Embattled Congressman Steve King sent a letter directly to Nancy Pelosi as part of a campaign to lift his punishment for 'white supremacist' remarks

steve king

J. Scott Applewhite, File via AP

Rep. Steve King, R-Iowa, at a hearing on Capitol Hill in Washington.

  • Republican Rep. Steve King of Iowa was removed from all committee assignments as punishment for making racially insensitive comments.
  • King has been repeatedly tried to appeal to House leadership and be reinstated.
  • King is also experiencing a wave of primary challengers in his home districts.

WASHINGTON - Republican Rep. Steve King of Iowa sent a letter to House Speaker Nancy Pelosi in February asking to change the congressional record to reflect his side of the story regarding racially insensitive comments he made during an interview with the New York Times.

King has appealed to congressional leadership multiple times after being punished for quotes given to the Times in which he questioned how terms like "white supremacist" became offensive. The interview eventually led to King being stripped of all committee assignments, leaving him without any legislative ability.
In the letter to Pelosi, King disputed the way that the Times presented the quote and asked the House Speaker to change the official House transcript to match what the lawmaker claims is the correct interpretation

"I write today to emphatically correct the quote once again to align with what I actually stated to The New York Times reporter and on the floor of the House of Representatives," King wrote. "As I state on the House floor, what I actually said was 'White nationalist, white supremacist - (there is a dash here as a pause) Western civilization, how did that language become offensive? Why did I sit in classes teaching me about the merits of our history and civilization' - that is the end of the quote - just to watch 'Western civilization' become a derogatory term in political discourse today?"

Read more: Rep. Steve King says he supports the congressional resolution condemning his own words on 'white supremacy'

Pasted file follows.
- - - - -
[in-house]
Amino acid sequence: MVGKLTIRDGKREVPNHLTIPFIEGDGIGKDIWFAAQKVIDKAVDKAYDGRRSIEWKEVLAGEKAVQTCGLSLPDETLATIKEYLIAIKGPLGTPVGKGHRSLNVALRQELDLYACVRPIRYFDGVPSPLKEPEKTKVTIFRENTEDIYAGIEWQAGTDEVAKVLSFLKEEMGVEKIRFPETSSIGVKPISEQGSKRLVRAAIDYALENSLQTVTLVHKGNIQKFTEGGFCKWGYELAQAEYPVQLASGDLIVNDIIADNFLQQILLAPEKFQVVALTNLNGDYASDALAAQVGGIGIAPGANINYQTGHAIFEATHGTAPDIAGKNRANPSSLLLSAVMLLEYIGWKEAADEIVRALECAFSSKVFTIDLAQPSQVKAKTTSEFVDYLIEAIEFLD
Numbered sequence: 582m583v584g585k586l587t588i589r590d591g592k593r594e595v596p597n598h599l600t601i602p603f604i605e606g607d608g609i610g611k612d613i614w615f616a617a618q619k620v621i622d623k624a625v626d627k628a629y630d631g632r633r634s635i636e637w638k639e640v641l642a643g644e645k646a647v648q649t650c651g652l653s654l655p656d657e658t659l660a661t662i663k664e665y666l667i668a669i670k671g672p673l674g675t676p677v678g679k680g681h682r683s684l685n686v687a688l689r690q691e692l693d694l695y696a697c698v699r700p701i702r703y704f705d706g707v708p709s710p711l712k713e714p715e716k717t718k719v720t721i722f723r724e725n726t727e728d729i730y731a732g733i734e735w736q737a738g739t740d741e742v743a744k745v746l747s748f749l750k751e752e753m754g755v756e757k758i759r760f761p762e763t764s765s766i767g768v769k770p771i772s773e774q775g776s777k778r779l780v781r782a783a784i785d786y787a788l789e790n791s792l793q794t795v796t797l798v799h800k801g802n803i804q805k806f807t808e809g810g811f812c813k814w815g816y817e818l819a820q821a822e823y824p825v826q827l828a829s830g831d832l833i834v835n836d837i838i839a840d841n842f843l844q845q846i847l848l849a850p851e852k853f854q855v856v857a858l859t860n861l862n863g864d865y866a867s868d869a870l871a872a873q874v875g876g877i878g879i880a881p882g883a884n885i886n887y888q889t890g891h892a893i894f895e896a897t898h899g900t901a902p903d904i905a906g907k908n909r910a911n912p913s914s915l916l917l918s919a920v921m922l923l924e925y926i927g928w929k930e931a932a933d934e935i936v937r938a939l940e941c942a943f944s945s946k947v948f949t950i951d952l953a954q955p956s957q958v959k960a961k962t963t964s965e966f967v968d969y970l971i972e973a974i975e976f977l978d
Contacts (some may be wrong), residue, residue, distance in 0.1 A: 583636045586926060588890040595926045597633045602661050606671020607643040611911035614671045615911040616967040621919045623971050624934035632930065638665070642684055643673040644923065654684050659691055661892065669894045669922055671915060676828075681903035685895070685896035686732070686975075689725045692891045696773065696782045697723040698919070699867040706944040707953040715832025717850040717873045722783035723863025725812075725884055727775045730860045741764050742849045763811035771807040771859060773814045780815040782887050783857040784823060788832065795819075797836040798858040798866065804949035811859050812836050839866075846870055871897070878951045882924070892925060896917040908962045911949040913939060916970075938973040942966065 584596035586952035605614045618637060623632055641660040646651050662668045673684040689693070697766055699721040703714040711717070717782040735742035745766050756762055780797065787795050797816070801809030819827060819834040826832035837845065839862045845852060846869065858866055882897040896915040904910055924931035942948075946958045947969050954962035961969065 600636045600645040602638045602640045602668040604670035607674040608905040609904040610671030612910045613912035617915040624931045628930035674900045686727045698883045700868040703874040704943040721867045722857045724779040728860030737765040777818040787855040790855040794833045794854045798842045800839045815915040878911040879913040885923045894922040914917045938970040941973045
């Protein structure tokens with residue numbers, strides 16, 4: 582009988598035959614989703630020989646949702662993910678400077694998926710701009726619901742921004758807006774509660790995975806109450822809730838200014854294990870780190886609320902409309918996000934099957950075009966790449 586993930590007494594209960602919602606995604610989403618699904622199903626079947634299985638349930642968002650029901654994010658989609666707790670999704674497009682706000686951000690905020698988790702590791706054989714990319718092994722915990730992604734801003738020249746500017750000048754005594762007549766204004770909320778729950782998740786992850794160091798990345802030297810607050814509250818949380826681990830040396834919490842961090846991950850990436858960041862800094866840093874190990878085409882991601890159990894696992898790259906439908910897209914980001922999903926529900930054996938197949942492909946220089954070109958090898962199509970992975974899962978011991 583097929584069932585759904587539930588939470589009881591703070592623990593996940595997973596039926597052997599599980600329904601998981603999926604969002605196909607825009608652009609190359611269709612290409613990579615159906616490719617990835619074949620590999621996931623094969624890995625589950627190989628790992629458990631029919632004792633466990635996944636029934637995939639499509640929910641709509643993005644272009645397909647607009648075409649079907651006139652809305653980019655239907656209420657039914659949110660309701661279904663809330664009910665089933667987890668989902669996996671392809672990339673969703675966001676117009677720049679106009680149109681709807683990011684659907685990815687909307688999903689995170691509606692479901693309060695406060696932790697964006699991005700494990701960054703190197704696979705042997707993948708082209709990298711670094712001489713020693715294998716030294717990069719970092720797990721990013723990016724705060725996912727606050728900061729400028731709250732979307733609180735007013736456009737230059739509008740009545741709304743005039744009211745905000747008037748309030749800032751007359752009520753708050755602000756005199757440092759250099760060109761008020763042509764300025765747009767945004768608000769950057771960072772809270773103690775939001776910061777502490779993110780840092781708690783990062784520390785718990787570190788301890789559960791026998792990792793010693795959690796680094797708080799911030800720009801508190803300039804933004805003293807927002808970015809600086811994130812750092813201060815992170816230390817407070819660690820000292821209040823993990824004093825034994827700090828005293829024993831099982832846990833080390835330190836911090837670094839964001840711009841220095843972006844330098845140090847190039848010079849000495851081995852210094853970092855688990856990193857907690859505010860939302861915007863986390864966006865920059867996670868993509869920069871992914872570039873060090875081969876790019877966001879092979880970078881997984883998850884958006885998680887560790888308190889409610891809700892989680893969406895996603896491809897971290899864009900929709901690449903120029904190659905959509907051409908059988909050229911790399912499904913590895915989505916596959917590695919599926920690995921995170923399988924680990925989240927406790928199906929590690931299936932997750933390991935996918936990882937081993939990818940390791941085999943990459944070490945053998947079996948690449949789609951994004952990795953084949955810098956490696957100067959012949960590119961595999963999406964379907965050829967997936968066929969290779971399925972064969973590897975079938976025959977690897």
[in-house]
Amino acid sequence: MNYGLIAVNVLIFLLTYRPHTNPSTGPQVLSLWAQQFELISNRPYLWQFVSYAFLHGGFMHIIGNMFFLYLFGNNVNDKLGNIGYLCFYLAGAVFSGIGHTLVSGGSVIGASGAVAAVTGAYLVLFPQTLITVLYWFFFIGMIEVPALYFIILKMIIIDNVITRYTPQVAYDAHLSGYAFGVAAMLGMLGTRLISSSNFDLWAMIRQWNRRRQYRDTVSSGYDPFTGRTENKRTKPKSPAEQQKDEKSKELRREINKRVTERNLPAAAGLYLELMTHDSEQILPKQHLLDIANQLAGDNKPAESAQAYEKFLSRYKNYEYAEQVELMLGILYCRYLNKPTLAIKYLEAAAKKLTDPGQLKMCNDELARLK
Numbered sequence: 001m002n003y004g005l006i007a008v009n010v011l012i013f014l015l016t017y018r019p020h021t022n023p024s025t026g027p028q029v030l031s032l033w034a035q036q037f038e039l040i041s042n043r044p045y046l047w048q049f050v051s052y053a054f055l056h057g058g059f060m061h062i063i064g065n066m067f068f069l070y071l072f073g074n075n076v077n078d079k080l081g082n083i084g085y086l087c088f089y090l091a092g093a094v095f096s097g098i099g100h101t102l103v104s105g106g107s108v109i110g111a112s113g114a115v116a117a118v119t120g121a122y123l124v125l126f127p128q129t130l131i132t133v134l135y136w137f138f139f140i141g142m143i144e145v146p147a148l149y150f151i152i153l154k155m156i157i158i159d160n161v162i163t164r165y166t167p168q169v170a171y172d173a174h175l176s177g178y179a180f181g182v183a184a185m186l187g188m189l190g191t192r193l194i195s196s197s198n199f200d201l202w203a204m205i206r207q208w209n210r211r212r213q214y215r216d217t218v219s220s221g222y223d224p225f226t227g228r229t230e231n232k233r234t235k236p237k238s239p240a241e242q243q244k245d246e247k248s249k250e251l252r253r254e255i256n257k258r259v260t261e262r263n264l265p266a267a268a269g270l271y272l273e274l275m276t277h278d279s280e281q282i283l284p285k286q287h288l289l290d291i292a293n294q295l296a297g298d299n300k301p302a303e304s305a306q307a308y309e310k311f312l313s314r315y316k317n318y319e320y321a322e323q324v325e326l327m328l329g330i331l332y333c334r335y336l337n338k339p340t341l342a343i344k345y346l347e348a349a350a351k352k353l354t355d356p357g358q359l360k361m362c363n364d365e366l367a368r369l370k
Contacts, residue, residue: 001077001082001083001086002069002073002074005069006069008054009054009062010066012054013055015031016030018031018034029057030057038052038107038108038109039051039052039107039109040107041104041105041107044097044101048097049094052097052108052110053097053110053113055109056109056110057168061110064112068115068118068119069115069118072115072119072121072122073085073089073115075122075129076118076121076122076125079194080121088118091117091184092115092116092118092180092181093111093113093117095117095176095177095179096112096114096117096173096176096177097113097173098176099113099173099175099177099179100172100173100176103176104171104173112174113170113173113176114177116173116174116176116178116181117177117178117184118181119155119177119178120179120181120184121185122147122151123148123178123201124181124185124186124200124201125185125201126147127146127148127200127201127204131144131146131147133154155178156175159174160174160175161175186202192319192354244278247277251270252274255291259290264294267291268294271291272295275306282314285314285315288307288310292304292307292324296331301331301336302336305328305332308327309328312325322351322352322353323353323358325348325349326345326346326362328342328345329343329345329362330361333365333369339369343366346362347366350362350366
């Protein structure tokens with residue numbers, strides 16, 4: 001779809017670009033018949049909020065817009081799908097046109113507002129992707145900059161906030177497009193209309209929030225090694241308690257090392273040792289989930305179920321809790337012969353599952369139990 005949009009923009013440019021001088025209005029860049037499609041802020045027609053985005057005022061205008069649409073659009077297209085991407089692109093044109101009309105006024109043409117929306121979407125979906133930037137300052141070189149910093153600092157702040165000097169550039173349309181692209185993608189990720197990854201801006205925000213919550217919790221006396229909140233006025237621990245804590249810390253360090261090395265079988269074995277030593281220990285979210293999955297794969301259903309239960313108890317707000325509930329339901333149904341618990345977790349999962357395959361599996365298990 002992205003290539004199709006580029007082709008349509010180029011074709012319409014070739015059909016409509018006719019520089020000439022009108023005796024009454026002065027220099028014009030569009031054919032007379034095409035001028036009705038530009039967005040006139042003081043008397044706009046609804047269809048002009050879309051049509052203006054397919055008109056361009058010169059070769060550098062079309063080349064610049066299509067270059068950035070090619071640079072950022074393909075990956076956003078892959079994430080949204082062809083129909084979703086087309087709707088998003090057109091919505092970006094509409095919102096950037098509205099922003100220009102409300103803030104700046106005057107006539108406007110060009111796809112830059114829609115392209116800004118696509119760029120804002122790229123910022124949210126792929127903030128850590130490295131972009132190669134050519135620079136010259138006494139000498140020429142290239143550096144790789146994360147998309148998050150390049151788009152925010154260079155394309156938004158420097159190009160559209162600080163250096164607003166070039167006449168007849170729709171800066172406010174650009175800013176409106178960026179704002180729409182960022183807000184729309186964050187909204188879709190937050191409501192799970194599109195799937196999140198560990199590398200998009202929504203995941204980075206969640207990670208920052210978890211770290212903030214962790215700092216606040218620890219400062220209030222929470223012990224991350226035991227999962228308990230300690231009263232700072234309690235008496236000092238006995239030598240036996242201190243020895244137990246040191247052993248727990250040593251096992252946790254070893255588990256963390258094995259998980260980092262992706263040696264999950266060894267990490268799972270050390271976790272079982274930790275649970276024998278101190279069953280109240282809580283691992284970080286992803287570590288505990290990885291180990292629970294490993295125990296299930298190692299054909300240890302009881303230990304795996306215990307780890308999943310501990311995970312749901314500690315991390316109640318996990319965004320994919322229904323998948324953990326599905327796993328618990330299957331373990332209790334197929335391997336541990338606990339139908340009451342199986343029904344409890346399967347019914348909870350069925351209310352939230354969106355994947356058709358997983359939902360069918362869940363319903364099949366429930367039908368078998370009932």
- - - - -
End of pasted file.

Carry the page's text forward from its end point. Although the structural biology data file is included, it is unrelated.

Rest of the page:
King went on to reiterate that he was only questioning why the term "Western Civilization" was offensive, not other terms like white supremacy and white nationalism.

King also noted that he is "the descendant of abolitionists and Union soldiers who fought and died to purge this land of the crime of human slavery" and regarding white supremacy, he "always will reject them completely.""I stipulate that the record reflect precisely my words, which are those of a man who loves his country and all its people and will continue to work for the betterment of our society for all Americans, who are all endowed by their Creator with certain unalienable rights and are equal under the law," he concluded.

In the past few weeks since Republican leadership removed King from his committee posts, including a coveted spot on the House Judiciary Committee, the embattled congressman has inspired a handful of primary challengers in his home district.

King has also repeatedly attempted to clear his name. Earlier in February, King sent a letter to House Minority Leader Kevin McCarthy, which called on leadership to publicly apologize to him and reinstate his committee posts.

The letter was signed by more than 100 different conservative and Christian leaders, including Frank Gaffney, Jr., who the Southern Poverty Law Center said has consistently spread anti-Muslin conspiracy theories.

King is one of three House Republicans who has been stripped of their committee assignments and unable to conduct legislative work. The other two, Reps. Duncan Hunter of California and Chris Collins of New York, were indicted for financial crimes.